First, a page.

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Flip Video Camcorder

Flip Video Camcorder
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Pure Digital Technologies, Inc.
30 Maiden Lane, 6th Floor
San Francisco, CA 94108
(415) 445-7626

MSRP $119.99 for 512 MB 30 minute recording to $179.99 for 2 GB 60 minute recording
Prices when I looked varied from $99 to $149.99, online at partner sites or at partner brick-and-mortar stores.

What comes in the package:

  • Camera (Silver, black, orange, red, or green)
    • 4 ounces; 4.12" x 2.25" x 1.25"
    • 640 x 480 resolution
    • 2x zoom fixed focus .8 m to infinity
  • 2 AA batteries
  • TV connection cable
  • The second smallest manual I’ve ever seen. The manual is a double-sided 3.5 by 15 inch card, at least a quarter of which is taken up with graphics

I imagine that the audience for this camera is split into 2 main contingents. The first is denizens of MySpace and YouTube--who have the time and interest to play with cute new gadgets and some technical savvy, but not a lot of money or interest in delaying gratification. The other logical audience is their grandparents, who have time, money and the expectation that results may take time--but not a whole lot of tech savvy or patience with newfangled contraptions. The former probably don’t need even the minimal manual, whatever its format. The latter need it in larger print.

The camera has a built-in USB connector on an easily-operated flip-out arm. A large graphic of the Remove Hardware Safely icon on both sides of the USB connector would be a very helpful touch.

The camera itself is what it’s name says: a point and shoot video camera. Press a button to turn it on. Press another to start and stop recording. Leave it stopped, but on, for a minute, and it turns itself off. At 4 ounces, it comes in at half the weight of my still camera and about a quarter of the weight of the battery for my tape video camcorder.

Where this camera shines is convenience and ease of use. It has a grand total of 8 buttons. ‘Play’ and ‘Delete’ are clearly labeled and the ‘On/Off’ and arrow symbols are standard and relatively easy to see. The specs for the camera say that I have 30-minutes of recording time. When I took a lot of short clips, that was true. Don’t know if it mattered that I replayed many of them as I went. When I let the camera run for longer periods, I got up to an hour plus before the Camera Full message popped up on my screen. I got nearly 2.5 hours of recording time from the included AA batteries before.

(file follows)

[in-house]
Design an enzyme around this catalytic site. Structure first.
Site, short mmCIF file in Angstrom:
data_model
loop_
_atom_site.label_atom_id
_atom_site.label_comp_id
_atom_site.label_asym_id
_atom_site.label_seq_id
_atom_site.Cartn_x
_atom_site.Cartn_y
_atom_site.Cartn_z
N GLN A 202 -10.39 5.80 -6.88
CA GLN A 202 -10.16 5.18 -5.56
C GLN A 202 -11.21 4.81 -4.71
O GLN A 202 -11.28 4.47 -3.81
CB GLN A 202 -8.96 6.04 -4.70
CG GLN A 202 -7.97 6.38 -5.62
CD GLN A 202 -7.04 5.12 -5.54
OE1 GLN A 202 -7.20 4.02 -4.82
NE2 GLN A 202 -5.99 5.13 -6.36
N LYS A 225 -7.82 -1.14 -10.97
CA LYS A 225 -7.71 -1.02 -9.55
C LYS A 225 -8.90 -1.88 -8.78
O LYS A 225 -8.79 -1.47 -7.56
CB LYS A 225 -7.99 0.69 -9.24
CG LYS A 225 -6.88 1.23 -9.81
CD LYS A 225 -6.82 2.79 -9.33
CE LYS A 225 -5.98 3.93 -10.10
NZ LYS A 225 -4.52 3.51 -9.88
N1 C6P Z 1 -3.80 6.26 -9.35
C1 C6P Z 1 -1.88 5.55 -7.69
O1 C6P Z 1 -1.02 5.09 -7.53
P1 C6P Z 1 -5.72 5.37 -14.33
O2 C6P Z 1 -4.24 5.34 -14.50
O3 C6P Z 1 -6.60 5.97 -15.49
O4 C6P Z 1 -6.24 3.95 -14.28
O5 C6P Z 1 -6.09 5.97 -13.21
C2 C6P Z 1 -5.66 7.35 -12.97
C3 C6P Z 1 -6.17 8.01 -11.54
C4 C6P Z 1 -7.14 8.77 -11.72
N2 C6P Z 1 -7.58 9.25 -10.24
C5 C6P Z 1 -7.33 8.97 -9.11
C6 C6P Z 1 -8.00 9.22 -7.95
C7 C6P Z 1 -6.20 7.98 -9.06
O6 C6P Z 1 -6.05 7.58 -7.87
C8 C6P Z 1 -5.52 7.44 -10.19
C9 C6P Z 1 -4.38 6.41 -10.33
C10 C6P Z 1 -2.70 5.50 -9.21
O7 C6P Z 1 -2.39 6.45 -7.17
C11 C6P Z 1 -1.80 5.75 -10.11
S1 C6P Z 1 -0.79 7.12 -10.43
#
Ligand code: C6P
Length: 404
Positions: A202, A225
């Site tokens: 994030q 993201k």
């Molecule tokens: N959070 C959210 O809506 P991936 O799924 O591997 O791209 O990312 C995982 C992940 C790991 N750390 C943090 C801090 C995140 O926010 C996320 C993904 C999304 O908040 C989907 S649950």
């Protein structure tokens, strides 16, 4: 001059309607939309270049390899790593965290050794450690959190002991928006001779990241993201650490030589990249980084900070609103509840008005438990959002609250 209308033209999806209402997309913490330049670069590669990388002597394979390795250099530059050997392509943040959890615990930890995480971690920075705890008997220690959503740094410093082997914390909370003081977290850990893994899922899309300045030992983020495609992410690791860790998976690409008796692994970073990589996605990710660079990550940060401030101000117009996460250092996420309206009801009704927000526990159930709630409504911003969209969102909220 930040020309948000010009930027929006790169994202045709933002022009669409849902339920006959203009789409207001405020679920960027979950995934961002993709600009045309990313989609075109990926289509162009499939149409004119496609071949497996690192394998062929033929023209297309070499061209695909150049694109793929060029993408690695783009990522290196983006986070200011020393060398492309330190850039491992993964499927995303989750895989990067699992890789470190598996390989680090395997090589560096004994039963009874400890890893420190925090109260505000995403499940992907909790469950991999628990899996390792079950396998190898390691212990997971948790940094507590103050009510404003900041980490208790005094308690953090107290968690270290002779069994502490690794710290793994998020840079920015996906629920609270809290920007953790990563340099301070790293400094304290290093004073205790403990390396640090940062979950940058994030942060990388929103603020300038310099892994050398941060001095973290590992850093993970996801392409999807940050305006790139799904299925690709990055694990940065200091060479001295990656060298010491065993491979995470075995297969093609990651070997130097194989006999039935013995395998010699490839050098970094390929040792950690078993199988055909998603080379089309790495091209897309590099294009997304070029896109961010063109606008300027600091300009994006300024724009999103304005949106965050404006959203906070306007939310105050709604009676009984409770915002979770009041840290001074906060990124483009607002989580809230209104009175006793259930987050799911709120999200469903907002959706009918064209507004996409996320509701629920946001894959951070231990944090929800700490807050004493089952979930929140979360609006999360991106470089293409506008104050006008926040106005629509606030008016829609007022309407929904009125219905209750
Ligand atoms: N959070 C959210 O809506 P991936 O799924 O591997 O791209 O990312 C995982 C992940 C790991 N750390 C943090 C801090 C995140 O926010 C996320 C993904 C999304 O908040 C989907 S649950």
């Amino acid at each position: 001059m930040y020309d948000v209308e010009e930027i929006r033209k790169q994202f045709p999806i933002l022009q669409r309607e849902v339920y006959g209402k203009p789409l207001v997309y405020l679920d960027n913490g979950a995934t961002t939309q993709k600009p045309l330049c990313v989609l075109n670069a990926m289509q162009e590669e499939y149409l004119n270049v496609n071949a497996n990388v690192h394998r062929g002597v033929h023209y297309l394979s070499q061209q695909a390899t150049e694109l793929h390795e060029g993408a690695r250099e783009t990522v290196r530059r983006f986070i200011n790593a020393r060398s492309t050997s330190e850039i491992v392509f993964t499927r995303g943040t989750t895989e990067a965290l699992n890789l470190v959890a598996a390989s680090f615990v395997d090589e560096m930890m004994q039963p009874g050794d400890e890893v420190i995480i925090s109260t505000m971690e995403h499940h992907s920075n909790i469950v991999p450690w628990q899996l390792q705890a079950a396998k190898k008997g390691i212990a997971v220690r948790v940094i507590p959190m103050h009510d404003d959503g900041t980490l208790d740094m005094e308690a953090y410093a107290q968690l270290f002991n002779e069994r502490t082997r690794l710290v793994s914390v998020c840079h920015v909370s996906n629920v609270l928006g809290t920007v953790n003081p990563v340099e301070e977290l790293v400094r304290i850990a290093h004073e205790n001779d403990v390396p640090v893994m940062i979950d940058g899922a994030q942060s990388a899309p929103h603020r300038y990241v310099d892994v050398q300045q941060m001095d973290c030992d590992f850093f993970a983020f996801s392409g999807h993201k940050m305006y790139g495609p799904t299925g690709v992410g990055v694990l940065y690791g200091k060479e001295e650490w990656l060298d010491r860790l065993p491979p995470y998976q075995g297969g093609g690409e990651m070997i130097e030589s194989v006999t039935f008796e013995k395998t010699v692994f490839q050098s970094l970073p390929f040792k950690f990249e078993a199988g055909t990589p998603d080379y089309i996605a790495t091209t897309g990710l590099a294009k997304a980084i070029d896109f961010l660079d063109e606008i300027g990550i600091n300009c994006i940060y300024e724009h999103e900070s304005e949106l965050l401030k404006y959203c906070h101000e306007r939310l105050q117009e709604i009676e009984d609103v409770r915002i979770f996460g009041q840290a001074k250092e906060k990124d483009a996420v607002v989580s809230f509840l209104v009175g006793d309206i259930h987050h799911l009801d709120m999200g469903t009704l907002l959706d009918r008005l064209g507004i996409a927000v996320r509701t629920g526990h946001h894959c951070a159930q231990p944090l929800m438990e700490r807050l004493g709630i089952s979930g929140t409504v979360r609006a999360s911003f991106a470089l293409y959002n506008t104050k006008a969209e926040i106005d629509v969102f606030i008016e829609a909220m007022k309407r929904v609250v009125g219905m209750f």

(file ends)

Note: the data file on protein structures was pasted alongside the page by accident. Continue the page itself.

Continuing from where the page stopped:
In Ready mode, the screen note about how much official recording time remains is clear but unobtrusive. I found the blinking display of the length of the clip being recorded to be a bit more bothersome.

Played back on my monitor and my TV, the picture quality was more than acceptable. The audio was surprisingly good, depending on the sound system of the replay device.

Did you notice that there’s no software listed with the product? There is no software to load. The camera uses built-in software to communicate with the computer through the USB port. The hardest part of setting up is orienting the batteries correctly.


I like the size, weight, ease and convenience of use, both in recording and in downloading. I prefer devices that use AA batteries, since those are easily available. With a couple of clicks, the built-in Muvee software combines selected clips into an acceptable blend. The clips import as .avi files, opening me up to hours of wasting time, er, editing with my choice of third-party products. The option of taking the camera to one of over 9,000 stores to have it’s contents transferred to high-quality (Note: not suggested for email) DVD is a nice thought, though this didn’t work out for me. My local vendor left me on hold for 15 minutes when I called to find out prices and procedures.  Pure Digital does not sell directly. One is directed from their website to a selection of online and brick-and-mortar vendors and becomes subject to their service policies.

The manual and instructions are not my favorites. I never found the camera weight in any of the listed specs. While the press materials listed a price ($12.99) for having one of the partners make a DVD, I couldn’t find that information anywhere else.

The fixed focus and limited zoom are a show-stopper in some applications. Folk dancing is one of my interests. A way you learn is to make a field-recording of folks you hope are authentic, and study it over and over and over. The 2x zoom just won’t let me get in close enough to the best dancer’s feet without getting tromped on. The other place where functionality was sacrificed for simplicity more that liked was the inability to add memory–thereby increasing recording time.

Given these few limitations, the PureDigital camcorders are an amazing advance. With the holiday season coming, one of these handy cameras will fit into most stockings.


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